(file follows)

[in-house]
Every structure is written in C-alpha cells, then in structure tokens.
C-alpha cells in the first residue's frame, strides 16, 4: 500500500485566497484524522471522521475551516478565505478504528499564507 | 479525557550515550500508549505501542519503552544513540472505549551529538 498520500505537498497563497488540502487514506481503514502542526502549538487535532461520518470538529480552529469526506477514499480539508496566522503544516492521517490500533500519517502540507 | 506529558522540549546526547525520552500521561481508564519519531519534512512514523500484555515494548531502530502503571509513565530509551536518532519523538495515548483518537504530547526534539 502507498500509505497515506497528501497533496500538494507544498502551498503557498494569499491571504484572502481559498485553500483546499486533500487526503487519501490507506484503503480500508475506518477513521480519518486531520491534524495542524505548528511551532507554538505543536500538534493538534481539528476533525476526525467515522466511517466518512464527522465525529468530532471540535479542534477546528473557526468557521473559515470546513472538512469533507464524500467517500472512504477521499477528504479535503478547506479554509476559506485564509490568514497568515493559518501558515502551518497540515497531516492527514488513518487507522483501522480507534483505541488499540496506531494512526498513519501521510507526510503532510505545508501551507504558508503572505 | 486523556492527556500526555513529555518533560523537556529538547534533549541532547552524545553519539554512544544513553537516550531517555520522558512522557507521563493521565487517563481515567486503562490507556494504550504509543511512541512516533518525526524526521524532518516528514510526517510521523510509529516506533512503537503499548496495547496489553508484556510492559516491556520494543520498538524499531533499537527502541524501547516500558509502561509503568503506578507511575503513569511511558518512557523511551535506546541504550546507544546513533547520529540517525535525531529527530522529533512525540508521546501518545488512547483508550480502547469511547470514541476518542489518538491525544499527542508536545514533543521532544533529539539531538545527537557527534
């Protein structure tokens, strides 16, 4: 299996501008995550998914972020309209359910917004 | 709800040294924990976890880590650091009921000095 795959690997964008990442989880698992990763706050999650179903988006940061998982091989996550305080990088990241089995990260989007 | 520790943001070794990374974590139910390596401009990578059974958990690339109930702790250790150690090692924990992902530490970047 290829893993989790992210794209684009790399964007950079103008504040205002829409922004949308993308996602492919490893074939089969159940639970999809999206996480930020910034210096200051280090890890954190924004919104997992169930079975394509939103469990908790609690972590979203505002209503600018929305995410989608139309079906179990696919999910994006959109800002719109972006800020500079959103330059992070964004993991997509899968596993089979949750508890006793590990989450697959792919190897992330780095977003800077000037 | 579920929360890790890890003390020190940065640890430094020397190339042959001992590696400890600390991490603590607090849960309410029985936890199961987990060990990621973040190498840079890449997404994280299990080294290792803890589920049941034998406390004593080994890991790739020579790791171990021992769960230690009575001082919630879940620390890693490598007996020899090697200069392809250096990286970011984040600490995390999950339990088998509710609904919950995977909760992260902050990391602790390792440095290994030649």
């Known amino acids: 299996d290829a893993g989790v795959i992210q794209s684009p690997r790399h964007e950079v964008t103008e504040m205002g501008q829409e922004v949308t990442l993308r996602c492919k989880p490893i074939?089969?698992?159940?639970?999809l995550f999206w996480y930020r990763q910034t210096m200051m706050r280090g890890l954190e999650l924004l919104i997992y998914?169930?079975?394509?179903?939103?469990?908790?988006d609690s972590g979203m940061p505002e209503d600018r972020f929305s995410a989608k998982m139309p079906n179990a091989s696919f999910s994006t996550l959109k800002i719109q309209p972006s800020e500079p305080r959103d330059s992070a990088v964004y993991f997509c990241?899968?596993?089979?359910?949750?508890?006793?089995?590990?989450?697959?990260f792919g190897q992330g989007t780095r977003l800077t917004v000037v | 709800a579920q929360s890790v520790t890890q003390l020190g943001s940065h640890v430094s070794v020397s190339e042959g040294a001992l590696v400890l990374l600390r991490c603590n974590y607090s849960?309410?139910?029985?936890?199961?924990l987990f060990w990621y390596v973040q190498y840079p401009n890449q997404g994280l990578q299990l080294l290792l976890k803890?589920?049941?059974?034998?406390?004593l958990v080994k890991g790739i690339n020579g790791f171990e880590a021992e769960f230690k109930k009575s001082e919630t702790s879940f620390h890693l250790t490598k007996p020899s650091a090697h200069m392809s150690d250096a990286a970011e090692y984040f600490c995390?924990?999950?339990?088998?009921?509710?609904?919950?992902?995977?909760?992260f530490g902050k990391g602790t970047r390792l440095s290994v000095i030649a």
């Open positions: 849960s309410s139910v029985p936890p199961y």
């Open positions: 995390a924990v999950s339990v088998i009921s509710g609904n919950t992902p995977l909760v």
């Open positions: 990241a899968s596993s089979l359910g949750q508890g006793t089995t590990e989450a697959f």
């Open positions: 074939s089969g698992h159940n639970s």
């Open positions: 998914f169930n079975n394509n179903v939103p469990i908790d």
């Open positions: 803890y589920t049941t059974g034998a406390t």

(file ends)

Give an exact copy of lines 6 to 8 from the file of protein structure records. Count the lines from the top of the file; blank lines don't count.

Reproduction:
């Open positions: 849960s309410s139910v029985p936890p199961y």
């Open positions: 995390a924990v999950s339990v088998i009921s509710g609904n919950t992902p995977l909760v």
């Open positions: 990241a899968s596993s089979l359910g949750q508890g006793t089995t590990e989450a697959f």